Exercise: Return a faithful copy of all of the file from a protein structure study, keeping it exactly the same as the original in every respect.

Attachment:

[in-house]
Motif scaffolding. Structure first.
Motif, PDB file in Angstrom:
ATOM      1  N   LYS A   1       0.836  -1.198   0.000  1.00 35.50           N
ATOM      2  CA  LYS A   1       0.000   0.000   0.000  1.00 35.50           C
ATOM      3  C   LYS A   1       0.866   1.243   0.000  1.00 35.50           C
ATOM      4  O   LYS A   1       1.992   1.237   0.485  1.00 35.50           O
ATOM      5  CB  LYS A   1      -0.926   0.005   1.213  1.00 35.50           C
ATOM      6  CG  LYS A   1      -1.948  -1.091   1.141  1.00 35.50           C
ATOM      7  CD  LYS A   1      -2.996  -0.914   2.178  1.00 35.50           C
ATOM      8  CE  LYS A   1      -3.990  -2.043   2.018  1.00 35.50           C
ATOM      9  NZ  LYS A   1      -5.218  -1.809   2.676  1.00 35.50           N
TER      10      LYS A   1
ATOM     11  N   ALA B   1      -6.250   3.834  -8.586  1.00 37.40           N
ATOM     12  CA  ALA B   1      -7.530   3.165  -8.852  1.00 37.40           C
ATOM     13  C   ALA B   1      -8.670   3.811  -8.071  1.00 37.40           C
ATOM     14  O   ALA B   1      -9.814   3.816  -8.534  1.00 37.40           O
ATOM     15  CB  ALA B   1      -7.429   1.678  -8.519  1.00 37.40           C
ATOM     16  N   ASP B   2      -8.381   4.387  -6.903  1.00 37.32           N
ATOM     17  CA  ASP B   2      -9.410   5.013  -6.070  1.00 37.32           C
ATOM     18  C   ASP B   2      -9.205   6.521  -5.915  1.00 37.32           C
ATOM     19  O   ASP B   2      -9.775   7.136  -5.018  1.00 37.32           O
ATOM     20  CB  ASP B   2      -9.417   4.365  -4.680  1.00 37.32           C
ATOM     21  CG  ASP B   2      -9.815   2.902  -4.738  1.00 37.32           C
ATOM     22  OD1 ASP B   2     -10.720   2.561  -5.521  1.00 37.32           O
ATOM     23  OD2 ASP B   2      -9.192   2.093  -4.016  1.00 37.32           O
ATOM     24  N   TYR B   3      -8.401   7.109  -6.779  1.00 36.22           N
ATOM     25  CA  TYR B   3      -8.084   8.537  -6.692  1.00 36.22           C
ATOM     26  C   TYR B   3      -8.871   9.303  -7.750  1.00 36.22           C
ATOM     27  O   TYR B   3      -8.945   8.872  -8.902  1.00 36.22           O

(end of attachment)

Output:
[in-house]
Motif scaffolding. Structure first.
Motif, PDB file in Angstrom:
ATOM      1  N   LYS A   1       0.836  -1.198   0.000  1.00 35.50           N
ATOM      2  CA  LYS A   1       0.000   0.000   0.000  1.00 35.50           C
ATOM      3  C   LYS A   1       0.866   1.243   0.000  1.00 35.50           C
ATOM      4  O   LYS A   1       1.992   1.237   0.485  1.00 35.50           O
ATOM      5  CB  LYS A   1      -0.926   0.005   1.213  1.00 35.50           C
ATOM      6  CG  LYS A   1      -1.948  -1.091   1.141  1.00 35.50           C
ATOM      7  CD  LYS A   1      -2.996  -0.914   2.178  1.00 35.50           C
ATOM      8  CE  LYS A   1      -3.990  -2.043   2.018  1.00 35.50           C
ATOM      9  NZ  LYS A   1      -5.218  -1.809   2.676  1.00 35.50           N
TER      10      LYS A   1
ATOM     11  N   ALA B   1      -6.250   3.834  -8.586  1.00 37.40           N
ATOM     12  CA  ALA B   1      -7.530   3.165  -8.852  1.00 37.40           C
ATOM     13  C   ALA B   1      -8.670   3.811  -8.071  1.00 37.40           C
ATOM     14  O   ALA B   1      -9.814   3.816  -8.534  1.00 37.40           O
ATOM     15  CB  ALA B   1      -7.429   1.678  -8.519  1.00 37.40           C
ATOM     16  N   ASP B   2      -8.381   4.387  -6.903  1.00 37.32           N
ATOM     17  CA  ASP B   2      -9.410   5.013  -6.070  1.00 37.32           C
ATOM     18  C   ASP B   2      -9.205   6.521  -5.915  1.00 37.32           C
ATOM     19  O   ASP B   2      -9.775   7.136  -5.018  1.00 37.32           O
ATOM     20  CB  ASP B   2      -9.417   4.365  -4.680  1.00 37.32           C
ATOM     21  CG  ASP B   2      -9.815   2.902  -4.738  1.00 37.32           C
ATOM     22  OD1 ASP B   2     -10.720   2.561  -5.521  1.00 37.32           O
ATOM     23  OD2 ASP B   2      -9.192   2.093  -4.016  1.00 37.32           O
ATOM     24  N   TYR B   3      -8.401   7.109  -6.779  1.00 36.22           N
ATOM     25  CA  TYR B   3      -8.084   8.537  -6.692  1.00 36.22           C
ATOM     26  C   TYR B   3      -8.871   9.303  -7.750  1.00 36.22           C
ATOM     27  O   TYR B   3      -8.945   8.872  -8.902  1.00 36.22           O